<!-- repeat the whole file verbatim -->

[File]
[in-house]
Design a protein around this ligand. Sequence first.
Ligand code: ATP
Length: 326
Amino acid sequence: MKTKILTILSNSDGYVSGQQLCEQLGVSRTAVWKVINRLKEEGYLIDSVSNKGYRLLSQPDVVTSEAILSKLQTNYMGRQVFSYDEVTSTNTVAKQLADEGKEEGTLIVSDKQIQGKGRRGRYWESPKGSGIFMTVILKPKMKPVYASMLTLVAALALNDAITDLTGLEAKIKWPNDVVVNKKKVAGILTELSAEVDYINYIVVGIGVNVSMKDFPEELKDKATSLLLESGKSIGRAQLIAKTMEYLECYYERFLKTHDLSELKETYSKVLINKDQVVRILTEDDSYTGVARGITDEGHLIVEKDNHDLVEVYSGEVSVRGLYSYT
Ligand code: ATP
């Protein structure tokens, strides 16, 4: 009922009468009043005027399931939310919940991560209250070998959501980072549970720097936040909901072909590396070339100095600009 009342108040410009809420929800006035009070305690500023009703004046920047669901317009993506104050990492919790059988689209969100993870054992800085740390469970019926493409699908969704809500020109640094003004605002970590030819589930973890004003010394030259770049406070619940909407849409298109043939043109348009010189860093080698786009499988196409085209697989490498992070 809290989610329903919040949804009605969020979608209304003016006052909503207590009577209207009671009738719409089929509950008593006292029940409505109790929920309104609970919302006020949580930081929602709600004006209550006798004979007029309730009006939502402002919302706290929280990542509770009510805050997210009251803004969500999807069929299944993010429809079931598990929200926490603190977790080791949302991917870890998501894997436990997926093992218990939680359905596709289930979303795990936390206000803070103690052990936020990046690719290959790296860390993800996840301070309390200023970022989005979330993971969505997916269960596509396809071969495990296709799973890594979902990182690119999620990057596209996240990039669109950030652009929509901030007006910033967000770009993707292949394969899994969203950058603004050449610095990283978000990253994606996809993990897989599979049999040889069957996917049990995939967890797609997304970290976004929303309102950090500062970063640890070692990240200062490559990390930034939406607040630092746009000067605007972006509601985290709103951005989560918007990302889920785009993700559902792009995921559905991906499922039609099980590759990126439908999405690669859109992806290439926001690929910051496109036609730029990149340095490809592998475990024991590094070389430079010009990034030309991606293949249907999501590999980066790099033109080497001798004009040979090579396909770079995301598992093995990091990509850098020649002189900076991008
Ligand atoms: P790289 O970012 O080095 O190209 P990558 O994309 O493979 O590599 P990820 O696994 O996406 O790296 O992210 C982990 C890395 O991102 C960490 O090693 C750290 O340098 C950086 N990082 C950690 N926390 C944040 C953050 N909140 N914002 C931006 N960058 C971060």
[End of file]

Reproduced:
[in-house]
Design a protein around this ligand. Sequence first.
Ligand code: ATP
Length: 326
Amino acid sequence: MKTKILTILSNSDGYVSGQQLCEQLGVSRTAVWKVINRLKEEGYLIDSVSNKGYRLLSQPDVVTSEAILSKLQTNYMGRQVFSYDEVTSTNTVAKQLADEGKEEGTLIVSDKQIQGKGRRGRYWESPKGSGIFMTVILKPKMKPVYASMLTLVAALALNDAITDLTGLEAKIKWPNDVVVNKKKVAGILTELSAEVDYINYIVVGIGVNVSMKDFPEELKDKATSLLLESGKSIGRAQLIAKTMEYLECYYERFLKTHDLSELKETYSKVLINKDQVVRILTEDDSYTGVARGITDEGHLIVEKDNHDLVEVYSGEVSVRGLYSYT
Ligand code: ATP
């Protein structure tokens, strides 16, 4: 009922009468009043005027399931939310919940991560209250070998959501980072549970720097936040909901072909590396070339100095600009 009342108040410009809420929800006035009070305690500023009703004046920047669901317009993506104050990492919790059988689209969100993870054992800085740390469970019926493409699908969704809500020109640094003004605002970590030819589930973890004003010394030259770049406070619940909407849409298109043939043109348009010189860093080698786009499988196409085209697989490498992070 809290989610329903919040949804009605969020979608209304003016006052909503207590009577209207009671009738719409089929509950008593006292029940409505109790929920309104609970919302006020949580930081929602709600004006209550006798004979007029309730009006939502402002919302706290929280990542509770009510805050997210009251803004969500999807069929299944993010429809079931598990929200926490603190977790080791949302991917870890998501894997436990997926093992218990939680359905596709289930979303795990936390206000803070103690052990936020990046690719290959790296860390993800996840301070309390200023970022989005979330993971969505997916269960596509396809071969495990296709799973890594979902990182690119999620990057596209996240990039669109950030652009929509901030007006910033967000770009993707292949394969899994969203950058603004050449610095990283978000990253994606996809993990897989599979049999040889069957996917049990995939967890797609997304970290976004929303309102950090500062970063640890070692990240200062490559990390930034939406607040630092746009000067605007972006509601985290709103951005989560918007990302889920785009993700559902792009995921559905991906499922039609099980590759990126439908999405690669859109992806290439926001690929910051496109036609730029990149340095490809592998475990024991590094070389430079010009990034030309991606293949249907999501590999980066790099033109080497001798004009040979090579396909770079995301598992093995990091990509850098020649002189900076991008
Ligand atoms: P790289 O970012 O080095 O190209 P990558 O994309 O493979 O590599 P990820 O696994 O996406 O790296 O992210 C982990 C890395 O991102 C960490 O090693 C750290 O340098 C950086 N990082 C950690 N926390 C944040 C953050 N909140 N914002 C931006 N960058 C971060």